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A. Hayasaka, S. Machida, H. Miyamoto, T. Ishibe, Y. Tazawa; Changes in Full–Field Cone and Multifocal Electroretinograms After Retinal Peripapillary Cauterization in Cats . Invest. Ophthalmol. Vis. Sci. 2005;46(13):2255.
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© ARVO (1962-2015); The Authors (2016-present)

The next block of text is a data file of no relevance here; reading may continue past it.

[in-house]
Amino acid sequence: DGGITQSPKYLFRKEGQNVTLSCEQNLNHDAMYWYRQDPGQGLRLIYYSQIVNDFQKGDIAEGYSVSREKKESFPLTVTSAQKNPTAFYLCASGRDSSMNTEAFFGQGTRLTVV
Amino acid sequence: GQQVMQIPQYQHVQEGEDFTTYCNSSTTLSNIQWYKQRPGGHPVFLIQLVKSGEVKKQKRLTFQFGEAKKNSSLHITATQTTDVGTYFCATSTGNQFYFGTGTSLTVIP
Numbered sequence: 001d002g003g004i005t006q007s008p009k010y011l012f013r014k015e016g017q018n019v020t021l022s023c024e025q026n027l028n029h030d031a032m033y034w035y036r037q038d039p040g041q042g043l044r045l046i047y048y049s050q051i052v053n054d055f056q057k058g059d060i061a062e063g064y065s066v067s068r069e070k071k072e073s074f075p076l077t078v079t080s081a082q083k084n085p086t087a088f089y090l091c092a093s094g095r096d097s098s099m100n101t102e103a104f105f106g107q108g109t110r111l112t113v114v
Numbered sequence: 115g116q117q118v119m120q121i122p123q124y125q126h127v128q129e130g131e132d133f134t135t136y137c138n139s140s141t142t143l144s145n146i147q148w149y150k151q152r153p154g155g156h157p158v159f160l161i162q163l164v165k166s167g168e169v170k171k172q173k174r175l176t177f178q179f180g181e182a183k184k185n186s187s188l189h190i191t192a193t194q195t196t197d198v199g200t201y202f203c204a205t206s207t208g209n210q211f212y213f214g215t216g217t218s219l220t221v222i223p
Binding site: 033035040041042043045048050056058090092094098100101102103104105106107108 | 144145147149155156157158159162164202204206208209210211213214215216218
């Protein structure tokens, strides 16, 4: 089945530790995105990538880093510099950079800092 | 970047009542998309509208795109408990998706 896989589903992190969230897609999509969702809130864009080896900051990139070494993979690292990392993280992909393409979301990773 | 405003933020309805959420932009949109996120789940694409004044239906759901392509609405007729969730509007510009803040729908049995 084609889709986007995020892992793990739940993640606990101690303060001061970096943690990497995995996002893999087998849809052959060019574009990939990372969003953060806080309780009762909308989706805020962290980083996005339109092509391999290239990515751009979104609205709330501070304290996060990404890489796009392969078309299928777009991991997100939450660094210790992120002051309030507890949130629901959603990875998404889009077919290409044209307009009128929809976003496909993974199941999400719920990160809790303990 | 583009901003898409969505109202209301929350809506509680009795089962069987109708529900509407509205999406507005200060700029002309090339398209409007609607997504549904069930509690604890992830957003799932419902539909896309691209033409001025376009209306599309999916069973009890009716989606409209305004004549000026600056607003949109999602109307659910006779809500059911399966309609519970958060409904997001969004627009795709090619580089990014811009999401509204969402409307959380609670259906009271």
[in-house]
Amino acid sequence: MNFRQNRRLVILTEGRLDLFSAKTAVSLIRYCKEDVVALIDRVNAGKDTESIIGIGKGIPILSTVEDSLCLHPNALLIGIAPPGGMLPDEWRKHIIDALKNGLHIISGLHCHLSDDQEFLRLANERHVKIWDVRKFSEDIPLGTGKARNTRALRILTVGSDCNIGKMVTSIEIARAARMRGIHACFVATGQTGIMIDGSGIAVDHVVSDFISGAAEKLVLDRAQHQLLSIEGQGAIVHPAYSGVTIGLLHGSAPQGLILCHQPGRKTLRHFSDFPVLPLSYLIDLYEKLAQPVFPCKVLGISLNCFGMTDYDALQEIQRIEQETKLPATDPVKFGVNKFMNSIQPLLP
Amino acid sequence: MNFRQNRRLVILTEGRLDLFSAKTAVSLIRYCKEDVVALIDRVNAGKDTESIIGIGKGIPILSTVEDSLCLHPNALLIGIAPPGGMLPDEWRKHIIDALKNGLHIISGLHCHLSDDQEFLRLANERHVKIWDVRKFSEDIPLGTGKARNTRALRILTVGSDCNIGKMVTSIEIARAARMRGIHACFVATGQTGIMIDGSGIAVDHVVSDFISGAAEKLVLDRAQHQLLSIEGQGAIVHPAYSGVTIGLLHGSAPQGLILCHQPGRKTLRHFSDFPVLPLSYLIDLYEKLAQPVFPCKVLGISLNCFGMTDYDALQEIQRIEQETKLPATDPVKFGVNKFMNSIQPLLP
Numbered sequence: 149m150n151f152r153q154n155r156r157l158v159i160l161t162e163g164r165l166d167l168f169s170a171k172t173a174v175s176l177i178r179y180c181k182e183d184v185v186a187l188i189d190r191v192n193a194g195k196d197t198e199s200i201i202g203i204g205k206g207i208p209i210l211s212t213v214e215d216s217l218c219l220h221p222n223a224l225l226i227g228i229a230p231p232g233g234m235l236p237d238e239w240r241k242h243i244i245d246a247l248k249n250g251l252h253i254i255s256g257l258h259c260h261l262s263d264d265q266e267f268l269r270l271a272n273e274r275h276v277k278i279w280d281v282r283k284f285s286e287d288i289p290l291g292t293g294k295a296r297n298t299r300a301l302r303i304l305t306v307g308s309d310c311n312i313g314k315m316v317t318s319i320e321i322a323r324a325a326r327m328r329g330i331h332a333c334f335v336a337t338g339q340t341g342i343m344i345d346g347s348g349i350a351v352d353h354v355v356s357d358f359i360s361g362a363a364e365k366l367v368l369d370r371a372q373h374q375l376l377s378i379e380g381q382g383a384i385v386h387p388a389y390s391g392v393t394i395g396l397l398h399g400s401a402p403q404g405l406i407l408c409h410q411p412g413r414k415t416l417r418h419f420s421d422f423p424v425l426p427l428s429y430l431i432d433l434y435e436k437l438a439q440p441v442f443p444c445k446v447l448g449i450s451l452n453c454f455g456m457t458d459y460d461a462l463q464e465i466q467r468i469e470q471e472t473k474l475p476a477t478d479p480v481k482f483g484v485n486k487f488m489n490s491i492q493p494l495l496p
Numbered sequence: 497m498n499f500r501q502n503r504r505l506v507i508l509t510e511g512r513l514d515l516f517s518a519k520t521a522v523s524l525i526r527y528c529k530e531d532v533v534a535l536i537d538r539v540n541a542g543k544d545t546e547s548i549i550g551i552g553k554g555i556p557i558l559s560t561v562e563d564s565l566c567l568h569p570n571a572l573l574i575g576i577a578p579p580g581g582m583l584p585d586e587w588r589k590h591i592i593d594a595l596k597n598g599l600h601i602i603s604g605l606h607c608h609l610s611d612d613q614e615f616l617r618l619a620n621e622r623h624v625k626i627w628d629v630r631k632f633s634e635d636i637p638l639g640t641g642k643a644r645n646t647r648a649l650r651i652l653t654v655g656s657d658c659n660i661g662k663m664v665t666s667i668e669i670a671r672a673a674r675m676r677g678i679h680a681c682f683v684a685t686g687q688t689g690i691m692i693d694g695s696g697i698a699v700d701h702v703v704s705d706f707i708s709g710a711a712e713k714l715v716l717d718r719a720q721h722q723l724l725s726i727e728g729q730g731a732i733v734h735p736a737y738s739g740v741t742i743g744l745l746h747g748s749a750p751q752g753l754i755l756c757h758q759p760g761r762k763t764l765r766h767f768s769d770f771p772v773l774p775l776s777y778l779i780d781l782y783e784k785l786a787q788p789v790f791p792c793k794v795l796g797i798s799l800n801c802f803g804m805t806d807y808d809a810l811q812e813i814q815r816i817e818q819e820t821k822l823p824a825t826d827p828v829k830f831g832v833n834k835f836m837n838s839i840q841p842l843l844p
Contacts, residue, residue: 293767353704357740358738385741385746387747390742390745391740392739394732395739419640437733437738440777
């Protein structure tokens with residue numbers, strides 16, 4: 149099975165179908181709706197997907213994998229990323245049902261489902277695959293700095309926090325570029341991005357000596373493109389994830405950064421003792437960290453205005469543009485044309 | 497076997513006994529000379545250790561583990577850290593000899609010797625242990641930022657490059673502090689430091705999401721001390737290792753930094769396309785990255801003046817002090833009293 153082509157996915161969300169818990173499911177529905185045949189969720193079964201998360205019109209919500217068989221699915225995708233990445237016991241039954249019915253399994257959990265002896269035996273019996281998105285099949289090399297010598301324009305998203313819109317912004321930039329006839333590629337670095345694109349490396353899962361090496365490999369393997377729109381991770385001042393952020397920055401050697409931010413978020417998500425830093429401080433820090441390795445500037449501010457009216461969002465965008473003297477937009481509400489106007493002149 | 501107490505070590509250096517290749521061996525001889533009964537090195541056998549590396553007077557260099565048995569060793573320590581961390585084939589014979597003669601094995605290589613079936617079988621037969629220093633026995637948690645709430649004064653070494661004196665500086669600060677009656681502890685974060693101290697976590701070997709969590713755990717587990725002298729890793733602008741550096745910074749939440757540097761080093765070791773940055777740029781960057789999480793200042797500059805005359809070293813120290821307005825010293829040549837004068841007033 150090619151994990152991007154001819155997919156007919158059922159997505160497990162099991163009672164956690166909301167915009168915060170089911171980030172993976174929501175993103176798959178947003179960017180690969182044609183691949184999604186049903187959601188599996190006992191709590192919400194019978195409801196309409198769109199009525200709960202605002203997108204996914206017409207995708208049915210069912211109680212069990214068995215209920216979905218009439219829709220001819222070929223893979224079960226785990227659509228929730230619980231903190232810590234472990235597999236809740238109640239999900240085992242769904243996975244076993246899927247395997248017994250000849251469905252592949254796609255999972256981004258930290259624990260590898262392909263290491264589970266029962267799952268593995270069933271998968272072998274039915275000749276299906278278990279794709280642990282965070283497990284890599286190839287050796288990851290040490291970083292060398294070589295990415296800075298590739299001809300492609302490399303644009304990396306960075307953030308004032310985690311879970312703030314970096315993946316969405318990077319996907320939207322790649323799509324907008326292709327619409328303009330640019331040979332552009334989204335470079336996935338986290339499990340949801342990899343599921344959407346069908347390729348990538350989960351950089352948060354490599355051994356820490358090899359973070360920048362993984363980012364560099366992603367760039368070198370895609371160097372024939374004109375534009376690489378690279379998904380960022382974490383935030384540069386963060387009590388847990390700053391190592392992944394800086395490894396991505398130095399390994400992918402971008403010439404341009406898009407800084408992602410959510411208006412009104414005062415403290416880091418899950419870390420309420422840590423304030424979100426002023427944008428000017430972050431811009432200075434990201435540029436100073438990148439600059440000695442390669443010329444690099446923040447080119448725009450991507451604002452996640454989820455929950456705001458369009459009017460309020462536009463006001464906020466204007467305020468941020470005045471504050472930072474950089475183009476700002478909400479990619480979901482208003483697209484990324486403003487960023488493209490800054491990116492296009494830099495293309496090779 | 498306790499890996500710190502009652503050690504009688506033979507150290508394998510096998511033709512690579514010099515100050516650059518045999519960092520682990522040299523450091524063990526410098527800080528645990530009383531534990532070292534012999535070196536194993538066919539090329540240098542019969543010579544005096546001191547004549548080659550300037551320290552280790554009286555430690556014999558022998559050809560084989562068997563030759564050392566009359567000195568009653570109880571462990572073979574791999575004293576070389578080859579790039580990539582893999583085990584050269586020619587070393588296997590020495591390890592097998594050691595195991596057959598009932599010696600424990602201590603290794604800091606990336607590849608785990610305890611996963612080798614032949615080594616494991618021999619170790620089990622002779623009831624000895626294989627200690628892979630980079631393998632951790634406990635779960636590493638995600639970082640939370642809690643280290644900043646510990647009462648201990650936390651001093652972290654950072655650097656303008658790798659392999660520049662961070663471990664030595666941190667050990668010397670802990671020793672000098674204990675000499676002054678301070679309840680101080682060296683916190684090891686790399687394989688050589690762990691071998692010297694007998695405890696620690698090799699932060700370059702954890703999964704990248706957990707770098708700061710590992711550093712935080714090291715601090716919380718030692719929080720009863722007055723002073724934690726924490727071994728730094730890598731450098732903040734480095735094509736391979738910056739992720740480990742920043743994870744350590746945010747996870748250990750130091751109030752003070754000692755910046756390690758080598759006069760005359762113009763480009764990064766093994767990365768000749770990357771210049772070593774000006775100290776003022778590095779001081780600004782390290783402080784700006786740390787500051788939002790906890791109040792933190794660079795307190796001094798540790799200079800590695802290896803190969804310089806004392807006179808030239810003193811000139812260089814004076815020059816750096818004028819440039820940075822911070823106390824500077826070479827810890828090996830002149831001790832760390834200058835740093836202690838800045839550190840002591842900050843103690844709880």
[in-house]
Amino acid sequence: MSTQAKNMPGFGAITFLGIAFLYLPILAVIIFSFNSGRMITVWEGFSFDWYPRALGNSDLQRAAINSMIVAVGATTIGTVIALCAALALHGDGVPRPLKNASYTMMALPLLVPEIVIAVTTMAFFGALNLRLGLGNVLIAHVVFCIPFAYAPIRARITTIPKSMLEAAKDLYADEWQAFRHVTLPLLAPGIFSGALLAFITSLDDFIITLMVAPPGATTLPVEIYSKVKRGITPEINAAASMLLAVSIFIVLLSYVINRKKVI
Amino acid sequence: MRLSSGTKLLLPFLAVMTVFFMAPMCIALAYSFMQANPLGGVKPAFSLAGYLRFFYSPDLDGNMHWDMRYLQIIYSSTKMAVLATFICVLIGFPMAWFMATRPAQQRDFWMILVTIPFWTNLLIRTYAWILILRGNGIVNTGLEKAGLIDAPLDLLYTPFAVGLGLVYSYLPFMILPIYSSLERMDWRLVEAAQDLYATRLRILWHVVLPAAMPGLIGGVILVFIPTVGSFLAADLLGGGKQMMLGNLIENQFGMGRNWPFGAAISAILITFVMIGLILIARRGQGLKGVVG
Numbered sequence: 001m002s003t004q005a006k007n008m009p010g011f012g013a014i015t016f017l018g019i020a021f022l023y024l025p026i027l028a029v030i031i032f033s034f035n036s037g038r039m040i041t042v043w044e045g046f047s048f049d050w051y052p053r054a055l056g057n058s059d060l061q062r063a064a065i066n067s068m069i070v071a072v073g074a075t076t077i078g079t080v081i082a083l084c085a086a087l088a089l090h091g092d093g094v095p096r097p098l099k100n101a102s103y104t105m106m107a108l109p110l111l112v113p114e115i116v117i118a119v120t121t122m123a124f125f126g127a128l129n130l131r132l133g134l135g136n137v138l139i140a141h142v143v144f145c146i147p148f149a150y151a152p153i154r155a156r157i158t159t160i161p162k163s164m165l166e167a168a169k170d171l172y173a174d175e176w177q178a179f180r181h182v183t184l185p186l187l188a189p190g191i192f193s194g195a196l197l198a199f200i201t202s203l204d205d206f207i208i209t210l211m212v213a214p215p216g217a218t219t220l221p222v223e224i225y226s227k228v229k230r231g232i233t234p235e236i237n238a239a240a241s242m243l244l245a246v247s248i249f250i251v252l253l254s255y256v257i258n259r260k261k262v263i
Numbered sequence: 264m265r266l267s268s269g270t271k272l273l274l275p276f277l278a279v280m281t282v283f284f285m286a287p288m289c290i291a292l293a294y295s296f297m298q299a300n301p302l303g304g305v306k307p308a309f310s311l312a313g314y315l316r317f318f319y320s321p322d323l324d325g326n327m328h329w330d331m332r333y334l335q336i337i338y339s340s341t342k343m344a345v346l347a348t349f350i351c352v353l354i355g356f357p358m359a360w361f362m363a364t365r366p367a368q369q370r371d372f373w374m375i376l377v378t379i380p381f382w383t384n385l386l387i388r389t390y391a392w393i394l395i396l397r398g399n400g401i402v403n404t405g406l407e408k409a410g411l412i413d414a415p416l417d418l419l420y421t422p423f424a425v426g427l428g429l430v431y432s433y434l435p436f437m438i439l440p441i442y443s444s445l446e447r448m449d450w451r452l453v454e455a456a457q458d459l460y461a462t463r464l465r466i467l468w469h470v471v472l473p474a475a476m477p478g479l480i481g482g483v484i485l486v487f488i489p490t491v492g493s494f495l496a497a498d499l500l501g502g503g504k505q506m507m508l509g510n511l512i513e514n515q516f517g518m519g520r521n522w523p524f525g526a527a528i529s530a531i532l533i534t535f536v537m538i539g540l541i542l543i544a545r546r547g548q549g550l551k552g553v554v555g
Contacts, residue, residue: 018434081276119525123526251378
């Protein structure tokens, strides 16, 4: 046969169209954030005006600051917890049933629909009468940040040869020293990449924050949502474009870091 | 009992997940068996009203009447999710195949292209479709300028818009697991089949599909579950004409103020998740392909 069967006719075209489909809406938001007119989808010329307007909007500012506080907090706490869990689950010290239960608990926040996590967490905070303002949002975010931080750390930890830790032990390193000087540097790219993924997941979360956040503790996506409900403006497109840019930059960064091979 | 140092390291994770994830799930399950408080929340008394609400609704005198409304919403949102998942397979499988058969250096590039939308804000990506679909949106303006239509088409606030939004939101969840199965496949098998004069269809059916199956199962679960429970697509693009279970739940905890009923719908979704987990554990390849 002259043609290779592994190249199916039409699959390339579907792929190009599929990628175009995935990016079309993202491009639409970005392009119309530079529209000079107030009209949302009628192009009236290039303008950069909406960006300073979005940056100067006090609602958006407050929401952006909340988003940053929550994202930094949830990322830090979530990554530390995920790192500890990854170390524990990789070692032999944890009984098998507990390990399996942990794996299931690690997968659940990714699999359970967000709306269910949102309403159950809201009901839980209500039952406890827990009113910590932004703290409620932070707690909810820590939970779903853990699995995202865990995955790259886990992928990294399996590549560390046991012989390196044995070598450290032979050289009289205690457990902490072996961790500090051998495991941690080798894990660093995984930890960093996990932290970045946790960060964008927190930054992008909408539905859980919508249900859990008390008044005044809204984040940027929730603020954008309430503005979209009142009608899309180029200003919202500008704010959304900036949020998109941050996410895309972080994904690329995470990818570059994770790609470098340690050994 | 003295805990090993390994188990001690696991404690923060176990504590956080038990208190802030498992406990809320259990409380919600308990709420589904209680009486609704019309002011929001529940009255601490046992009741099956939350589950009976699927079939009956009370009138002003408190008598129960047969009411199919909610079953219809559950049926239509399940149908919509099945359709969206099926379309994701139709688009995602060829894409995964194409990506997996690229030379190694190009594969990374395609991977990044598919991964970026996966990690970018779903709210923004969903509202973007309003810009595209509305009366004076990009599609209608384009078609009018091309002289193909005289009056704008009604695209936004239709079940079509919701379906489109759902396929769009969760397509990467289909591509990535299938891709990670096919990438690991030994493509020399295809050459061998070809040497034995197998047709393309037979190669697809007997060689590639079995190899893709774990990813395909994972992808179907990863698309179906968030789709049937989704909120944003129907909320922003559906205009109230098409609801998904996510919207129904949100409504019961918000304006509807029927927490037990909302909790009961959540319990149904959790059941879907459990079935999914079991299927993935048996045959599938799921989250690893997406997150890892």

Purpose: To determine whether the neural activity of retinal ganglion cells (RGCs) and their axons contribute to full–field cone electroretinograms (ERGs) and multifocal ERGs (mfERGs) in cats. Methods: Retinal peripapillary cauterization was performed on 8 eyes of 8 cats to eliminate the neural activity of RGCs and their axons. Sham surgery was performed on the fellow eyes. Full–field cone ERGs and mfERGs were recorded from both eyes before, and at 1, 2, 4, and 12 weeks after the cauterization. Cone ERGs were elicited by Ganzfeld stimuli of 0.84 log cd–s/m2 on a white background light of 34 cd/m2. The stimuli for the mfERG recordings consisted of 37 black and white hexagonal elements that were reversed pseudorandomly at a binary m–sequence at 75, 37.5, or 9.4 Hz. The cone ERG and mfERG waveforms of the cauterized eyes were subtracted from those of controls to isolate the responses that were lost following the cauterization. Results: For the cone ERGs, the mean ratio of the amplitudes of the cauterized eyes to the control eyes (experimental/control amplitude ratio) for the photopic negative response (PhNR) decreased progressively with time after the surgery, and the decrease was significant at the 4th and 12th week (P <0.005 at 4th week andP <0.001 at 12th week). For the mfERGs, the mean experimental/control amplitude ratio of the N2–P2, P2–N3, N3–P3 and the s–wave were significantly reduced postoperatively as early as 1 week (P <0.005). No further decrease of the amplitudes of these waves was noted thereafter. Digital subtraction revealed waves with peaks at 13 (P13) and 33 ms (P33) and troughs at 25 (N25) and 45 ms (N45). The amplitudes of N25–P33 and P33–N45 increased significantly with lower stimulus frequencies (P <0.05). Conclusions: These findings strongly suggest that RGCs and/or their axons make a significant contribution to both the full–field cone ERGs and mfERGs in cats. In addition, the functional loss of these neural elements after peripapillary cauterization can be detected at an earlier stage by mfERGs than by full–field cone ERGs.
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